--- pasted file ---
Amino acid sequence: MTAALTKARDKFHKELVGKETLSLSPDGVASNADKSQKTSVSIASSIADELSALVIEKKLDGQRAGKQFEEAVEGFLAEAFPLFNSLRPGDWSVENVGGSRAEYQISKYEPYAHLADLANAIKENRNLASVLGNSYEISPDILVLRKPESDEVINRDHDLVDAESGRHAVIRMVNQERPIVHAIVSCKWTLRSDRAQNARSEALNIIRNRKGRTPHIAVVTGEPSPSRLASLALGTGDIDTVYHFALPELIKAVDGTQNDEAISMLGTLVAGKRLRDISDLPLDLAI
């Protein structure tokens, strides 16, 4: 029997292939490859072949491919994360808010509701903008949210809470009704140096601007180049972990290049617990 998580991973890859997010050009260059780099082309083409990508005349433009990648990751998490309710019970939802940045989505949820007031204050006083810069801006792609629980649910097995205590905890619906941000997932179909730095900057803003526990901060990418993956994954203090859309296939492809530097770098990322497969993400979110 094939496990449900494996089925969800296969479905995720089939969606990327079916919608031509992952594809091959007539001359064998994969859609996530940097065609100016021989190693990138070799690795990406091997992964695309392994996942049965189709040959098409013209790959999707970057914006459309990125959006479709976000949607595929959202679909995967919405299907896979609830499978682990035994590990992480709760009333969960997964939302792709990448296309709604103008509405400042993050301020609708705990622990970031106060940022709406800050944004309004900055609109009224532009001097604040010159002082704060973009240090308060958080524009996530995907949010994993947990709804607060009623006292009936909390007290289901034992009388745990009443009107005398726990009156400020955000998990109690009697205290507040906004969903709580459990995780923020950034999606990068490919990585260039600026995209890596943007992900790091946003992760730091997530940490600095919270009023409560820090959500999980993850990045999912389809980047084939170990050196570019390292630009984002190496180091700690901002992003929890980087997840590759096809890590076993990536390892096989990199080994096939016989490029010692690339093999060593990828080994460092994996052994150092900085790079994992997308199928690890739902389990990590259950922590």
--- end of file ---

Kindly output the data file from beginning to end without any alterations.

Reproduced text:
Amino acid sequence: MTAALTKARDKFHKELVGKETLSLSPDGVASNADKSQKTSVSIASSIADELSALVIEKKLDGQRAGKQFEEAVEGFLAEAFPLFNSLRPGDWSVENVGGSRAEYQISKYEPYAHLADLANAIKENRNLASVLGNSYEISPDILVLRKPESDEVINRDHDLVDAESGRHAVIRMVNQERPIVHAIVSCKWTLRSDRAQNARSEALNIIRNRKGRTPHIAVVTGEPSPSRLASLALGTGDIDTVYHFALPELIKAVDGTQNDEAISMLGTLVAGKRLRDISDLPLDLAI
């Protein structure tokens, strides 16, 4: 029997292939490859072949491919994360808010509701903008949210809470009704140096601007180049972990290049617990 998580991973890859997010050009260059780099082309083409990508005349433009990648990751998490309710019970939802940045989505949820007031204050006083810069801006792609629980649910097995205590905890619906941000997932179909730095900057803003526990901060990418993956994954203090859309296939492809530097770098990322497969993400979110 094939496990449900494996089925969800296969479905995720089939969606990327079916919608031509992952594809091959007539001359064998994969859609996530940097065609100016021989190693990138070799690795990406091997992964695309392994996942049965189709040959098409013209790959999707970057914006459309990125959006479709976000949607595929959202679909995967919405299907896979609830499978682990035994590990992480709760009333969960997964939302792709990448296309709604103008509405400042993050301020609708705990622990970031106060940022709406800050944004309004900055609109009224532009001097604040010159002082704060973009240090308060958080524009996530995907949010994993947990709804607060009623006292009936909390007290289901034992009388745990009443009107005398726990009156400020955000998990109690009697205290507040906004969903709580459990995780923020950034999606990068490919990585260039600026995209890596943007992900790091946003992760730091997530940490600095919270009023409560820090959500999980993850990045999912389809980047084939170990050196570019390292630009984002190496180091700690901002992003929890980087997840590759096809890590076993990536390892096989990199080994096939016989490029010692690339093999060593990828080994460092994996052994150092900085790079994992997308199928690890739902389990990590259950922590």